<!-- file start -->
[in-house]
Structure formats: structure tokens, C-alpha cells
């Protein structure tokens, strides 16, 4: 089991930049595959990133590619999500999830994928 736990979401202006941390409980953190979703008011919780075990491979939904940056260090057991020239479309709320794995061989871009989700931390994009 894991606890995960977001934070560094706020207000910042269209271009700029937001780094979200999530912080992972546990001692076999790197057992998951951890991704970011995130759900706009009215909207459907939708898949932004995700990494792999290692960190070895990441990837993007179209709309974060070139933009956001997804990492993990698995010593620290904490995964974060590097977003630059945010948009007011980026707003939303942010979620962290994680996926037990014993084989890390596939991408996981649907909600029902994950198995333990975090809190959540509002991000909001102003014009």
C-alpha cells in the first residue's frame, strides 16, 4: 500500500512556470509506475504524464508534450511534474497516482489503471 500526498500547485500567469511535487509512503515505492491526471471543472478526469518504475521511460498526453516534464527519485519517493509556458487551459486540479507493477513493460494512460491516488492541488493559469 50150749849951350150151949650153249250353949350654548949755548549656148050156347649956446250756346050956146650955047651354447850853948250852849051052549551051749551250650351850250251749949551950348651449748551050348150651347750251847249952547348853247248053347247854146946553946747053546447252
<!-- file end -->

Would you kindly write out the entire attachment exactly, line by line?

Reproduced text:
[in-house]
Structure formats: structure tokens, C-alpha cells
């Protein structure tokens, strides 16, 4: 089991930049595959990133590619999500999830994928 736990979401202006941390409980953190979703008011919780075990491979939904940056260090057991020239479309709320794995061989871009989700931390994009 894991606890995960977001934070560094706020207000910042269209271009700029937001780094979200999530912080992972546990001692076999790197057992998951951890991704970011995130759900706009009215909207459907939708898949932004995700990494792999290692960190070895990441990837993007179209709309974060070139933009956001997804990492993990698995010593620290904490995964974060590097977003630059945010948009007011980026707003939303942010979620962290994680996926037990014993084989890390596939991408996981649907909600029902994950198995333990975090809190959540509002991000909001102003014009």
C-alpha cells in the first residue's frame, strides 16, 4: 500500500512556470509506475504524464508534450511534474497516482489503471 500526498500547485500567469511535487509512503515505492491526471471543472478526469518504475521511460498526453516534464527519485519517493509556458487551459486540479507493477513493460494512460491516488492541488493559469 50150749849951350150151949650153249250353949350654548949755548549656148050156347649956446250756346050956146650955047651354447850853948250852849051052549551051749551250650351850250251749949551950348651449748551050348150651347750251847249952547348853247248053347247854146946553946747053546447252